My favorite type of meal to have on a rainy day is soup. It’s so comforting after feeling the dampness and dreariness settling into my bones. I swear I’m going to have arthritis early like my mom. On cold days lately, I can especially feel the aches starting in my hips (either that or it’s those pesky children I gave birth to who meddled with the structure of my hips). What an old lady, right? Well, besides old age symptoms setting in— forgetfulness included, I’ll admit I feel like an 80-year-old trapped inside a 31-year-old. I’m complacent with the simplest of pleasures—drinking coffee or homemade lattes with a friend, reading a book in peace or putting together mementos to display in a creative way are my guiltiest of pleasures. Not to mention, a long hot shower to wash the stress away after a tedious day filled with a plethora of “why?” questions from my toddler. My guilty pleasures can get pretty wild! Hah! But it’s about all the craziness I can handle with two incredible but equally eager children who make me desperate for those simple guilty pleasures.
I hope you’ll enjoy this sweet and vibrant yellow soup to warm you from the inside out. This recipe makes A LOT! So if you like delicious leftovers that freeze well, this is a great recipe for a day off cooking later on. I like to pair it with a turkey cheddar and avocado panini to make it more filling at lunchtime.
When everything outside is gloomy and your mood is plummeting, this cheddar corn chowder is like a little bowl of sunshine and the bacon crumbled (not pictured—oops!) is like the rainbow shooting through the clouds into your bowl! Okay, I’ll stop with the corny comparisons . . .
CHEDDAR CORN CHOWDER
- 1 pound of bacon (see recipe note #1)
- ½ cup (1 stick) of unsalted butter
- 6 cups of chopped yellow or red onions (4 large onions)
- ½ cup flour
- 2 teaspoons salt
- 1 teaspoon black pepper
- 1 teaspoon turmeric
- 12 cups chicken stock
- 8 cups medium-diced red or golden potatoes, unpeeled (about 2 ½ pounds or 7-8 potatoes)
- 10 cups or about 3 pounds of frozen corn kernels, thawed
- 2 cups half-and-half (see recipe note #3)
- 2 large handfuls of cheddar cheese, grated
To cook the bacon:
Preheat your oven to 400 degrees. Line a large baking sheet with aluminum foil and top with a cooling rack. Place each strip of bacon side by side on top of the cooling rack. Bacon always shrinks up a lot during cooking, so it’s okay if the strips touch. Bake for 20 to 30 minutes—depending on whether or not the bacon is thick cut it might take longer than 20 minutes.
For the chowder:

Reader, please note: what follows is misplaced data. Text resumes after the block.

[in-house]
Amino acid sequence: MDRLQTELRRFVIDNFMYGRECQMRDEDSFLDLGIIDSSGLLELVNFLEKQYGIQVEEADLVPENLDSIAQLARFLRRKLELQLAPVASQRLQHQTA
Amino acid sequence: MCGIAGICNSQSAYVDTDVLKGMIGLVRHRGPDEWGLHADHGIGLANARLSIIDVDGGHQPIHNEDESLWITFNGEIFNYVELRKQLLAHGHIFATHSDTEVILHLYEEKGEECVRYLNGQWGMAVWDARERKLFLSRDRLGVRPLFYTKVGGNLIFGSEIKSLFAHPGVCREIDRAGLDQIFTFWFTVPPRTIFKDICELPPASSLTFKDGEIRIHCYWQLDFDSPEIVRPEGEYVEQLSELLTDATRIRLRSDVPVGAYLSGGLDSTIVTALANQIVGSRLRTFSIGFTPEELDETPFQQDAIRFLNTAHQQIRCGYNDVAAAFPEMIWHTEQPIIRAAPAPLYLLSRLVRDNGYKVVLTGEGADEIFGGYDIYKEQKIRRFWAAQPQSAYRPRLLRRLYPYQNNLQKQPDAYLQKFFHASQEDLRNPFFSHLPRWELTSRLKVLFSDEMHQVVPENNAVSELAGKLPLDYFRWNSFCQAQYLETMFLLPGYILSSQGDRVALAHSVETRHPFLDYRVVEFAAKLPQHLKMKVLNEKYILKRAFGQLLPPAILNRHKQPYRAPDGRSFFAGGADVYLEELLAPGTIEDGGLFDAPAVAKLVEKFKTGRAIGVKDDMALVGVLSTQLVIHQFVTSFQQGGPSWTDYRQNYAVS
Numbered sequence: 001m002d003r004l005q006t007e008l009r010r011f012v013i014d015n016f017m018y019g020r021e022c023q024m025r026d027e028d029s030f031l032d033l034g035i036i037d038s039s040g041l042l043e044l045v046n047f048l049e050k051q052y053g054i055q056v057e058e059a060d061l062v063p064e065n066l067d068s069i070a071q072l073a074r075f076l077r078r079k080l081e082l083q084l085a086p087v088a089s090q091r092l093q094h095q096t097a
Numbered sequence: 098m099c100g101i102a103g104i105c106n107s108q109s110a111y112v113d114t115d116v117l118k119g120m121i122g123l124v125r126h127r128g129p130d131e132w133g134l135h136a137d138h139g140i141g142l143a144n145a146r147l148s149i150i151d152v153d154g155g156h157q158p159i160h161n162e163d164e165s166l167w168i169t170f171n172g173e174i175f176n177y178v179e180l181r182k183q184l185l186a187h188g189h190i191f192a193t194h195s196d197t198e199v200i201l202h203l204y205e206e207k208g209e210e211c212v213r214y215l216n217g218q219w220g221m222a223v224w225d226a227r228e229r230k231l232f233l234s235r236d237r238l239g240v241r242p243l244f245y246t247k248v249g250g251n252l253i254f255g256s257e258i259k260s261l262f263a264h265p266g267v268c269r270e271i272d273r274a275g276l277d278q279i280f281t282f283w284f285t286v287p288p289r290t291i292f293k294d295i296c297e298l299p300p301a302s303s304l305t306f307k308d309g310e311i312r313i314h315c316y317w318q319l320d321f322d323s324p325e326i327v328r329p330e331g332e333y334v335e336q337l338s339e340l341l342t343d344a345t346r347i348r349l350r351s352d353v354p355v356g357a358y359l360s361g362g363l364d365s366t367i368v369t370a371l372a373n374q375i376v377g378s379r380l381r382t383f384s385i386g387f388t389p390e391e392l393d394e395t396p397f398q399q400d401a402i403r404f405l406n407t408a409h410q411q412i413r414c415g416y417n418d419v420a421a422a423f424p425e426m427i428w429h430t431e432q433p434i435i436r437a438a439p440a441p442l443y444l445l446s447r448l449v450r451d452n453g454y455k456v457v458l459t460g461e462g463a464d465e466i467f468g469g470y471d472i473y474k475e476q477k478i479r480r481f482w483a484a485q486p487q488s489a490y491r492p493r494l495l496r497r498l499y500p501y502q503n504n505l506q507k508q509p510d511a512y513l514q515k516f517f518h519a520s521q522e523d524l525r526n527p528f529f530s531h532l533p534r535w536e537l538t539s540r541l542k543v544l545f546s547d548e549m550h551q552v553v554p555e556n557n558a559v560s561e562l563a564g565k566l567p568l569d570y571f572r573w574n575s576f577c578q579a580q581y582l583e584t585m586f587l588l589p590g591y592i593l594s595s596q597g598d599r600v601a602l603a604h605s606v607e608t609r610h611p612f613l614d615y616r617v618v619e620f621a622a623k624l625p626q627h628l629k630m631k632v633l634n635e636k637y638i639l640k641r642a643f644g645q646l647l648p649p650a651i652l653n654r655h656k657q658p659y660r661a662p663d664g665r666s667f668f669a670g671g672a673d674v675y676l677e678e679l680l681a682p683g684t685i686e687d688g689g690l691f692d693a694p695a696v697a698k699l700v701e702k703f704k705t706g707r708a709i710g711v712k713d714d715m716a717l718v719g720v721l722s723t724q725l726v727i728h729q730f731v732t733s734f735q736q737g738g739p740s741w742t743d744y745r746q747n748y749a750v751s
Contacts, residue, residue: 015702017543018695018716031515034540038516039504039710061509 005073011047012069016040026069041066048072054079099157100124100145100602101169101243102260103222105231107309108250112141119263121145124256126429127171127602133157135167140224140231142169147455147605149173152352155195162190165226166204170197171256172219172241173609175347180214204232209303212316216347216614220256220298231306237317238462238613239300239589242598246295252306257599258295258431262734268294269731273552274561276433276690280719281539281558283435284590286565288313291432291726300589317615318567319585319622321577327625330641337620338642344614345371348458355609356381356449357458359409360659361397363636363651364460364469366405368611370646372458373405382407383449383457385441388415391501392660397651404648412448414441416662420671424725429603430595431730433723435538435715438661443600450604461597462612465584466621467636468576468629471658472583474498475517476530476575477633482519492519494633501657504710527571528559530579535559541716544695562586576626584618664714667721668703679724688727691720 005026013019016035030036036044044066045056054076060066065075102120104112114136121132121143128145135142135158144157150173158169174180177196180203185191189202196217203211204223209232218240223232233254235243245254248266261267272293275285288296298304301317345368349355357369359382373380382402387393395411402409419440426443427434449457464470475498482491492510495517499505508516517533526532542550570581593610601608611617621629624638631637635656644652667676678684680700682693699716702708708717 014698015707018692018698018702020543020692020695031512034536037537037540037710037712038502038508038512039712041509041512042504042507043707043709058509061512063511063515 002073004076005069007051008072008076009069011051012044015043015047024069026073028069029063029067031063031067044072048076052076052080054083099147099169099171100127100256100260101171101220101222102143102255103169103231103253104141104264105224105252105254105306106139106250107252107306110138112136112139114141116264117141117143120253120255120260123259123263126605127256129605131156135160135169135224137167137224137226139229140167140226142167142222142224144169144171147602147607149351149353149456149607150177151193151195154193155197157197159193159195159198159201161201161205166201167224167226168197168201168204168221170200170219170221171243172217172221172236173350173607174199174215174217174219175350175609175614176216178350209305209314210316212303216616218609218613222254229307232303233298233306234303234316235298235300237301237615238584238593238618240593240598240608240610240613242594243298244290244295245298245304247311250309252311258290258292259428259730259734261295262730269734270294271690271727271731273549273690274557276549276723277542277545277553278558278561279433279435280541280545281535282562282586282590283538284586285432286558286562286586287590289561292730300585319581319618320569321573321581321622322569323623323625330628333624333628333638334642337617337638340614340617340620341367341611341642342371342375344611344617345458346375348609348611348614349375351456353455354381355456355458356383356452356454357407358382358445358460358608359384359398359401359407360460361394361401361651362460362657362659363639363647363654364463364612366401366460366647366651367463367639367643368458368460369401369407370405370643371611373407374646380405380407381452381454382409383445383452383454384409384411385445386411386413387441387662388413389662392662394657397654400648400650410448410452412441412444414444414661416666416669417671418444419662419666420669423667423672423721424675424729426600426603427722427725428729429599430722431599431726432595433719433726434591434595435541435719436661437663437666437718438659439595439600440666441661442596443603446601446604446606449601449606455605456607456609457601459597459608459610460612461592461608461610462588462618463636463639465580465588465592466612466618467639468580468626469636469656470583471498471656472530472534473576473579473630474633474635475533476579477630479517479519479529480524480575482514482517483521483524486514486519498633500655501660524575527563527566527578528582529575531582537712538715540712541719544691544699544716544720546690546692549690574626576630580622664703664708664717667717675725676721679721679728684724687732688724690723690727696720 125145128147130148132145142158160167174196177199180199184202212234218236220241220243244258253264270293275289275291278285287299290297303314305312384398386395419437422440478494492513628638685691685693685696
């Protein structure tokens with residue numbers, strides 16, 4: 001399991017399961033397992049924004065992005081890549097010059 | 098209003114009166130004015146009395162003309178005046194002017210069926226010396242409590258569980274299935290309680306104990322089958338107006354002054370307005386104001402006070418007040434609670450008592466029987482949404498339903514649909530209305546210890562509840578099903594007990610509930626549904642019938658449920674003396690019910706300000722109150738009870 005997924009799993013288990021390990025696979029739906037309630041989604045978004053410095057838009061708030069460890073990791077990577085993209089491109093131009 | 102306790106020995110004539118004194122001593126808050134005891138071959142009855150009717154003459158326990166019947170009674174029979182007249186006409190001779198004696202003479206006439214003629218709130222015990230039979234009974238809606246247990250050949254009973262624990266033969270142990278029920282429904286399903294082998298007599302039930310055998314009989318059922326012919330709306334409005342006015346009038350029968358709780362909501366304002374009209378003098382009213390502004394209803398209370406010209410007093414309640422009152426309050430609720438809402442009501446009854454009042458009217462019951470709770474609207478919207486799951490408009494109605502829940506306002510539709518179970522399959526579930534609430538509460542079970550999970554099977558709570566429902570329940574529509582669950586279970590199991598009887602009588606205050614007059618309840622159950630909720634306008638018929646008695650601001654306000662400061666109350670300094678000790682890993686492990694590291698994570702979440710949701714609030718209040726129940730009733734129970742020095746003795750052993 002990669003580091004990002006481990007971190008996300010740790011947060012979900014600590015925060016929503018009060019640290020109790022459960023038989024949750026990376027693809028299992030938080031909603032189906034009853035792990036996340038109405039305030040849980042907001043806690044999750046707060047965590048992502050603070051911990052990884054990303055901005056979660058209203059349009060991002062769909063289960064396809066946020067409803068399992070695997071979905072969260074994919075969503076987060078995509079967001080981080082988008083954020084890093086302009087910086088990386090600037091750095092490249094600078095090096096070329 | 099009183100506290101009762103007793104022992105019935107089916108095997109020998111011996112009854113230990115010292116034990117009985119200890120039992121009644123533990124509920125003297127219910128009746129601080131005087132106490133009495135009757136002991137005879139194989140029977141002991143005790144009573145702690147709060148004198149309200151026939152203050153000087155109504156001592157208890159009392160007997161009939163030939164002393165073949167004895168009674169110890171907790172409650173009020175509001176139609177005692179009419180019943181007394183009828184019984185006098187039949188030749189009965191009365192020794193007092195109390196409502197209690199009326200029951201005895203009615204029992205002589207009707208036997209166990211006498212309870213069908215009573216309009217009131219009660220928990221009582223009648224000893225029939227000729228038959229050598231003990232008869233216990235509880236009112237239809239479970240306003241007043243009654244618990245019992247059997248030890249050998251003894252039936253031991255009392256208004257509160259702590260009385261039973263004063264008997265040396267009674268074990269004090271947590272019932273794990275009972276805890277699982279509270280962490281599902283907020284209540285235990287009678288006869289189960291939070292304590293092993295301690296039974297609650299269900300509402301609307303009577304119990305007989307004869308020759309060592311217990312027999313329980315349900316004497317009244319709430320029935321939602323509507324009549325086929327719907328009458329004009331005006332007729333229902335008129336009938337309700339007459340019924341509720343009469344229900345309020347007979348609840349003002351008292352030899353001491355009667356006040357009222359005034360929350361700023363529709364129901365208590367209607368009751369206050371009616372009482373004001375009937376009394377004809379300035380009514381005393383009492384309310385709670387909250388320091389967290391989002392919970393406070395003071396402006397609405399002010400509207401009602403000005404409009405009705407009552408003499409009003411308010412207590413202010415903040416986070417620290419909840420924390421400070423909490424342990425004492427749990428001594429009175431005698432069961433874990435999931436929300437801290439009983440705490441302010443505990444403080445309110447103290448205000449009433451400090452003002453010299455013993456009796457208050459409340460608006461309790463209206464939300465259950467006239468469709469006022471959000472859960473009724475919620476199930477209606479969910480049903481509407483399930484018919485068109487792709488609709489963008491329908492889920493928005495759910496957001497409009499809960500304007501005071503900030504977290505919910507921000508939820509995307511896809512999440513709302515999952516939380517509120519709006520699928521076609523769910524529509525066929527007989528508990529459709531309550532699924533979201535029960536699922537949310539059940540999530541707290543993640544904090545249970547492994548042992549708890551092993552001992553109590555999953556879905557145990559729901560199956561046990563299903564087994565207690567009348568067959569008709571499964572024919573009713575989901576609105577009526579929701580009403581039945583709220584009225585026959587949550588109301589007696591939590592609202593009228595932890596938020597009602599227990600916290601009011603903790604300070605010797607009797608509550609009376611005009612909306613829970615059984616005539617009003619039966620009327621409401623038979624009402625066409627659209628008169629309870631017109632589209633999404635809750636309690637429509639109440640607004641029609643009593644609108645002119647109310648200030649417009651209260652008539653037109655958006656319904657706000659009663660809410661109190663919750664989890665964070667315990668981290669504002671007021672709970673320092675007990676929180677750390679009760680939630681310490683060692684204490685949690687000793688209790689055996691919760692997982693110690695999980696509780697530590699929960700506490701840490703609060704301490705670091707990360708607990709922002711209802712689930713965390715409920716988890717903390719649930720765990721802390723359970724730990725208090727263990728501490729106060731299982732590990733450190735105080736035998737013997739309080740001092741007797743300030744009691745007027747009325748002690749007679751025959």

In a large stockpot (I use a 12 quart stockpot) over medium-high heat, sauté the onions with butter until the onions are softened and translucent. Add the salt, black pepper, turmeric and flour and stir for about 3 minutes to cook out the flour taste. Add the chicken stock one cup at a time to ensure that the flour is able to slowly absorb the stock and result in a clump-free consistency. Add potatoes once all the stock has been poured in and bring to a boil. Simmer uncovered for 15-20 minutes or until potatoes are fork tender (See recipe note #2 if you’re serving to picky children with “texture” issues). Add the corn, half-and-half and cheddar. Cook on low heat until cheese is melted—about 5 minutes. Serve hot and garnish with cooked and crumbled bacon.
Note #1: This soup serves A LOT! I usually do not serve all of this soup in one sitting— even at small get-togethers there are leftovers. But if you are feeding a large crowd and anticipate little to no leftovers, go ahead and cook three pounds of bacon instead. I know I’d ever want to run out of a bacon garnish around here. Who doesn’t love a good amount of bacon?! My daughter loves to take this soup in her thermos bowl to school for lunch, so I will usually make all the bacon ahead and put the crumbled bacon into a separate small container in her lunch bag so she can add it on top right before devouring. She is defies the “cold lunch kid” label on soup days!
Note #2: If you’re serving this soup to picky children with “texture” issues, go ahead and puree the soup with an immersion blender after the potatoes have been cooked and then add the corn, half-and-half and cheddar. If nothing else, you’ll get the littles accustomed to the flavors and finally the texture after they grow up a bit.
Note #3: I always have half-and-half on hand because I add it to my coffee everyday, but if you’re in a time crunch and don’t have it on hand, simply substitute 1 (15-ounce) can of evaporated milk. It does the trick and has the same consistency and fewer calories.